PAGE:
K-Means is the most popular clustering method any learner should know. In this note, we will understand the idea of KMeans and how to use it with Scikit-learn. Besides that, we also learn about its variants (K-medois, K-modes, K-medians).

ðŸ‘‰ Metrics for clustering methods.

## K-Means #

### Idea? #

- Randomly choose centroids ($k$).
- Go through each example and assign them to the nearest centroid (assign class of that centroid).
- Move each centroid (of each class) to the average of data points having the same class with the centroid.
- Repeat 2 and 3 until convergence.

*A simply basic steps of K-Means.*

*A gif illustrating the idea of K-Means algorithm. Source.*

### How to choose k? #

Using "Elbow" method to choose the number of clusters $k$.

### Discussion #

- A type of
**Partitioning clustering**. - K-means is sensitive to outliers â‡’
**K-medoids**clustering or**PAM**(Partitioning Around Medoids) is less sensitive to outliers^{[ref]}

### K-Means in code #

`from sklearn.cluster import KMeans`

kmeans = KMeans(n_clusters=10, random_state=0) # default k=8

`kmeans.fit(X)`

kmeans.predict(X)

`# or`

kmeans.fit_predict(X)

Some notable parameters (see full):

`max_iter`

: Maximum number of iterations of the k-means algorithm for a single run.`kmeans.labels_`

: show labels of each point.`kmeans.cluster_centers_`

: cluster centroids.

### K-Means in action #

- K-Means clustering on the handwritten digits data.
- Image compression using K-Means -- Open in HTML -- Open in Colab.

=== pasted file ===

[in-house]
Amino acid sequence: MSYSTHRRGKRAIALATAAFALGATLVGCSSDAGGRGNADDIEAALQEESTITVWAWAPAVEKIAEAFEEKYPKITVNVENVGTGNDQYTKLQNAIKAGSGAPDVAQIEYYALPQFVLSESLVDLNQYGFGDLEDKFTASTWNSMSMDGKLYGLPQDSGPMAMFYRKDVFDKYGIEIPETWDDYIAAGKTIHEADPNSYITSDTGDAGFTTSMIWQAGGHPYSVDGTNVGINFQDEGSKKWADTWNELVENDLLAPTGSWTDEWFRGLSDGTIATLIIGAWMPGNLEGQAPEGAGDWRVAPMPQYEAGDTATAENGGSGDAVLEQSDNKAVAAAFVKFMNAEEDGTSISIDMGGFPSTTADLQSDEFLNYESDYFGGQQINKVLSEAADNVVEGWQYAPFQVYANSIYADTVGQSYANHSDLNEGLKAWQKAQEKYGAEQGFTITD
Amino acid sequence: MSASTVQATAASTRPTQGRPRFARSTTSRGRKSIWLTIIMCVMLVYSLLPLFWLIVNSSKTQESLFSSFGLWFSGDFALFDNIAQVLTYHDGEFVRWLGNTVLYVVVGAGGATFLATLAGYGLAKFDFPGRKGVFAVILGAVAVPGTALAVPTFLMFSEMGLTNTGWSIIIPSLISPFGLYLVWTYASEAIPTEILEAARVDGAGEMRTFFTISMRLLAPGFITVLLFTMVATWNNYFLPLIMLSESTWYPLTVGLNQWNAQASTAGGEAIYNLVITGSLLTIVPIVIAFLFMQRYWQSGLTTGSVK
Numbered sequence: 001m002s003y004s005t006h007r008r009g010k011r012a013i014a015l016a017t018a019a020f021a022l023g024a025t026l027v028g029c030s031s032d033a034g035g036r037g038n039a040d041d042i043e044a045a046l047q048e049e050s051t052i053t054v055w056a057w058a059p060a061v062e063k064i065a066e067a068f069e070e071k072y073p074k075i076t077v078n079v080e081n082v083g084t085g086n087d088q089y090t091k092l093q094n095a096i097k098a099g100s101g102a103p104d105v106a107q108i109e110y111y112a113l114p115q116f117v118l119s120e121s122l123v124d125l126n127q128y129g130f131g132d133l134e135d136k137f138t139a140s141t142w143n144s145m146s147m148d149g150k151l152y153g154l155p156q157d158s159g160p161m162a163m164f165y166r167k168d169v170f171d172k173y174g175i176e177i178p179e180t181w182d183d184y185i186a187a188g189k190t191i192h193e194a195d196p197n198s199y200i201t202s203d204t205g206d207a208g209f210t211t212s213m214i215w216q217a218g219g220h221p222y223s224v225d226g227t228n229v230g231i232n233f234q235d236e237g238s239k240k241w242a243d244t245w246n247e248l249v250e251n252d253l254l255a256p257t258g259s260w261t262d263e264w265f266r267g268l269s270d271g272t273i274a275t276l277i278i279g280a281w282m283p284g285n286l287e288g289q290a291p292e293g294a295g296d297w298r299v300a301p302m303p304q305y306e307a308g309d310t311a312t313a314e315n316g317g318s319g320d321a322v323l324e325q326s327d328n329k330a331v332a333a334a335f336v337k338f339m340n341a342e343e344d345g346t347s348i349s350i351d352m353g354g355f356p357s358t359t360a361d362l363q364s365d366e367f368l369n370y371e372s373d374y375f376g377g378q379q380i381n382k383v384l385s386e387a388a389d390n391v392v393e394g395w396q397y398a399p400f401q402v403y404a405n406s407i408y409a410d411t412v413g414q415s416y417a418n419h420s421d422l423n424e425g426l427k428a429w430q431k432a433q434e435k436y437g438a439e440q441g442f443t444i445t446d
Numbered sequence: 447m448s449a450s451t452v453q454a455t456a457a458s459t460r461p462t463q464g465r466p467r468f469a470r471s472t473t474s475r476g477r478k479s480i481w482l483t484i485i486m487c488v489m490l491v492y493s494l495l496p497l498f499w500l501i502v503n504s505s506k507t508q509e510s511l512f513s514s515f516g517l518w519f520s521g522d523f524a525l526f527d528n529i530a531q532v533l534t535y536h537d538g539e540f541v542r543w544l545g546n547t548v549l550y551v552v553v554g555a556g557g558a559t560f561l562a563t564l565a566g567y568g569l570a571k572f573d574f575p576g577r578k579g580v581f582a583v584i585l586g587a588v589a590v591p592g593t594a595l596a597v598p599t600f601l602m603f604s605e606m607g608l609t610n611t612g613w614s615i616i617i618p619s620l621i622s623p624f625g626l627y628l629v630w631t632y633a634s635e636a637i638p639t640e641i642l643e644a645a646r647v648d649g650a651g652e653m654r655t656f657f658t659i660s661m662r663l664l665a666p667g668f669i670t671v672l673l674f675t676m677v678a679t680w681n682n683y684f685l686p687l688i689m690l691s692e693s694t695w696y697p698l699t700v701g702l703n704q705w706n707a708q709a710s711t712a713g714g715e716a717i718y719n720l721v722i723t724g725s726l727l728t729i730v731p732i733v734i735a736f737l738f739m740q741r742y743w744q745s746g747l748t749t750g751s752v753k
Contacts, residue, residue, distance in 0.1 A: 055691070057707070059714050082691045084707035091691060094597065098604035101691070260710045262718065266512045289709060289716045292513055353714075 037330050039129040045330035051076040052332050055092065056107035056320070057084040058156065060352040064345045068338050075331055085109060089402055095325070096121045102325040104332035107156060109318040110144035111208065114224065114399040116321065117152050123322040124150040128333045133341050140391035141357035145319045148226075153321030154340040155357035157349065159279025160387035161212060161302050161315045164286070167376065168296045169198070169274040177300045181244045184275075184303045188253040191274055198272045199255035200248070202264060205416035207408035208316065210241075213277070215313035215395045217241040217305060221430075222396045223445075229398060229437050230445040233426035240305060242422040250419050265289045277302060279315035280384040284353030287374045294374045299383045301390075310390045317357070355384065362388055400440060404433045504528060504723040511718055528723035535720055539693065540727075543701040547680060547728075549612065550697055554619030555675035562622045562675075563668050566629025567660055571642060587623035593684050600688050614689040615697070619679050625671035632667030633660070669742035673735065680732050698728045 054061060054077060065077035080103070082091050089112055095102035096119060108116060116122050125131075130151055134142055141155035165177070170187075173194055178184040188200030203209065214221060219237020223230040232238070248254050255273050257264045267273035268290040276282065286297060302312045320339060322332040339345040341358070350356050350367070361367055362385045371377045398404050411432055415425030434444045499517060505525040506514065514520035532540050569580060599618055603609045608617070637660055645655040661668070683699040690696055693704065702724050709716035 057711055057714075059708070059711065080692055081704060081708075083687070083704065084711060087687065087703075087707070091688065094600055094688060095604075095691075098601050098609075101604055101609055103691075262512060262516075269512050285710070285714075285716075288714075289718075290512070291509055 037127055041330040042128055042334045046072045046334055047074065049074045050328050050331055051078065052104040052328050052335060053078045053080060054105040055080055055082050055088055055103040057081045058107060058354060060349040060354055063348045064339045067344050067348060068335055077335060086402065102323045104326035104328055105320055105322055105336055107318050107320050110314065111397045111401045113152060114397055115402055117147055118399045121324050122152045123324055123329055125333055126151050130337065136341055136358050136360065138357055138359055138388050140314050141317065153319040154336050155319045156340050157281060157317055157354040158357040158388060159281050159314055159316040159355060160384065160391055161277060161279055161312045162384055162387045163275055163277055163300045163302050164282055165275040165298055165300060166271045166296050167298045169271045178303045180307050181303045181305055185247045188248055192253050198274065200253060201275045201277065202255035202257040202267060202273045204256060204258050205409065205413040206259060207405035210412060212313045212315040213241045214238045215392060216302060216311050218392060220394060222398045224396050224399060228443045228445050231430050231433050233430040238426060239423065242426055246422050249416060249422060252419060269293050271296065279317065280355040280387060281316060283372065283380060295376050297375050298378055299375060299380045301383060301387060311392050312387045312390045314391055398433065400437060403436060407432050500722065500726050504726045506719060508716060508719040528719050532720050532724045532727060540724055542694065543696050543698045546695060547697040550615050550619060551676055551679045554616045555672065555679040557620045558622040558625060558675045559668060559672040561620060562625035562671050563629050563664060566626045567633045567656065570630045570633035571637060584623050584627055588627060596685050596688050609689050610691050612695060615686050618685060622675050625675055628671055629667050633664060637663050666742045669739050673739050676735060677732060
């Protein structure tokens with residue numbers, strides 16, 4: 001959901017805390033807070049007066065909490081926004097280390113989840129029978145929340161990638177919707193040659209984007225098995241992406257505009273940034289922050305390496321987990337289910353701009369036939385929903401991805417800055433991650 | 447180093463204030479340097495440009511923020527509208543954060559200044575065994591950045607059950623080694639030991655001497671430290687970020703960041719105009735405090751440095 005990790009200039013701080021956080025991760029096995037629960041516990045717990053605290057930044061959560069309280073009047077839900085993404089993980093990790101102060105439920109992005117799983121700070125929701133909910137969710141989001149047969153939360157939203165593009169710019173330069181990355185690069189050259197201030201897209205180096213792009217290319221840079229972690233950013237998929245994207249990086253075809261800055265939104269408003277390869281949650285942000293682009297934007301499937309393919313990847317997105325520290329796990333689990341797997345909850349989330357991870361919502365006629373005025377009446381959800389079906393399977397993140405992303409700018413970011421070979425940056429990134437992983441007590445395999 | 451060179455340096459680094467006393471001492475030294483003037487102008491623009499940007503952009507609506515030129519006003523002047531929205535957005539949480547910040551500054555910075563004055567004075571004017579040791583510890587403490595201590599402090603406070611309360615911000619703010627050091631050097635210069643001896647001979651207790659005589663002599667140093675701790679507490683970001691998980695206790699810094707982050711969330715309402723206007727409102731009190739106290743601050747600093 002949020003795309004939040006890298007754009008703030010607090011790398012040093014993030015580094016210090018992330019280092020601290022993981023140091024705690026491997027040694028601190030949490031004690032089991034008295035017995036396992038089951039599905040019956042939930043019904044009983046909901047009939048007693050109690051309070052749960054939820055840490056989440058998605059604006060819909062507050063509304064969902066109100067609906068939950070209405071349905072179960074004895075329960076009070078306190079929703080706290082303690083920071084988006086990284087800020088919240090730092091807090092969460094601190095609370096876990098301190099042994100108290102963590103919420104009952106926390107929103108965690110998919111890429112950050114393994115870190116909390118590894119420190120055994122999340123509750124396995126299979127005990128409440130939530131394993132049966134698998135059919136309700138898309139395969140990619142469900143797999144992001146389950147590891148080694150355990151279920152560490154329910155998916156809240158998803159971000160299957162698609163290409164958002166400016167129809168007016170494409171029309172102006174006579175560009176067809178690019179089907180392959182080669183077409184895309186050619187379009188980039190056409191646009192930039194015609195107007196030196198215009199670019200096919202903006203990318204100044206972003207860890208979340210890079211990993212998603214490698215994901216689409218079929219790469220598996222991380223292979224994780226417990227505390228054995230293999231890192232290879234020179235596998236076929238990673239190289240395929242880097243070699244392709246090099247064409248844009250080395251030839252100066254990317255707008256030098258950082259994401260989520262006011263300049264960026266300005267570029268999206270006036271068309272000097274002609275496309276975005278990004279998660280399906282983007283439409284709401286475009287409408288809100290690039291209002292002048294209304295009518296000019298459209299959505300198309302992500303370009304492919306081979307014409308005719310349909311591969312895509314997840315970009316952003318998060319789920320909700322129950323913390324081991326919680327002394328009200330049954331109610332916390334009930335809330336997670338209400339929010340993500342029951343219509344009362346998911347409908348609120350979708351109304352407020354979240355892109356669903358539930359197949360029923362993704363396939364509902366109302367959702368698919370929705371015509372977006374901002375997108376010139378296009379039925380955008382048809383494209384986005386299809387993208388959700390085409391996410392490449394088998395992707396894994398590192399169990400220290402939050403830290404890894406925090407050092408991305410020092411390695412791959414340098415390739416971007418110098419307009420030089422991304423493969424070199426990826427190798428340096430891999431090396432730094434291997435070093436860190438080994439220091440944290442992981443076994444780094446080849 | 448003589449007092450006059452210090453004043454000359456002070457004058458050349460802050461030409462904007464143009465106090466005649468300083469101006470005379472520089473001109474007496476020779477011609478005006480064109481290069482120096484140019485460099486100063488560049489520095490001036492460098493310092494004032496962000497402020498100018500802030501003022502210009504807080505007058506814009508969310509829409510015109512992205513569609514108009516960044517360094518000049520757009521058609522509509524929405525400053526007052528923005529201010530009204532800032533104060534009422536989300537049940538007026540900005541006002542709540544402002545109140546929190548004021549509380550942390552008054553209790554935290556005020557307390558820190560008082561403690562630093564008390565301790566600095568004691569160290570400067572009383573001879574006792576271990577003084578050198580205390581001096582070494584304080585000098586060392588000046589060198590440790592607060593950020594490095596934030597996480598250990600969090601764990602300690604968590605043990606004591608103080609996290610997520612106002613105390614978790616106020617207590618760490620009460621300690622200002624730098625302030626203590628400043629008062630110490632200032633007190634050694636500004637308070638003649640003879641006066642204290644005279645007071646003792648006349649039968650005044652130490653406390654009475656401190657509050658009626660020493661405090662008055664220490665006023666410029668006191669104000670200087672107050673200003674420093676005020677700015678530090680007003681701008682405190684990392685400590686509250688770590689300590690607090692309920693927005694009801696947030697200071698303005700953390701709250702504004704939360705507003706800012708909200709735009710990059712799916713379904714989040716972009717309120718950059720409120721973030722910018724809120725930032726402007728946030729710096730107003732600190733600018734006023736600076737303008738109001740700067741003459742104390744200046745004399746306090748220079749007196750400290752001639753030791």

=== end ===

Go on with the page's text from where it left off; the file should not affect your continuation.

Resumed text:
## K-medoids clustering #

**Advantages**:^{[ref]}- It is simple to understand and easy to implement.
- K-Medoid Algorithm is fast and converges in a fixed number of steps.
- PAM is less sensitive to outliers than other partitioning algorithms.

**Disavdvantages**:^{[ref]}- The main disadvantage of K-Medoid algorithms is that it is not suitable for clustering non-spherical (arbitrary shaped) groups of objects. This is because it relies on minimizing the distances between the non-medoid objects and the medoid (the cluster centre) â€“ briefly, it uses compactness as clustering criteria instead of connectivity.
- It may obtain different results for different runs on the same dataset because the first k medoids are chosen randomly.

**Different from K-Means**:*K-Means*:- Final centers no need to be points in data.
- Measure generally requires Euclidean distance.
- Sensitive to outliers.

*K-Medoids*:- Final Centers is actual points in data. They're called
*medoids*or*exemplars*. - Measures can be arbitrarily dissimilar.
- Robust to outliers.

- Final Centers is actual points in data. They're called

**The idea**:

- (Like KMeans'): choose randomly points (no need to be a point in data)
- (Like KMeans'): assign labels to points based on chosen points in step 1.
- (Different from KMeans):
- (Like KMeans'): repeat the steps.

## Choose k by Silhouette #

It's better than Elbow method to choose the number of clusters $k$.

ðŸ‘‰ Check this note.

## References #

**Luis Serrano**-- [Video] Clustering: K-means and Hierarchical.**Andrew NG.**-- My raw note of the course "Machine Learning" on Coursera.

^{â€¢}Notes with this notation aren't good enough. They are being updated.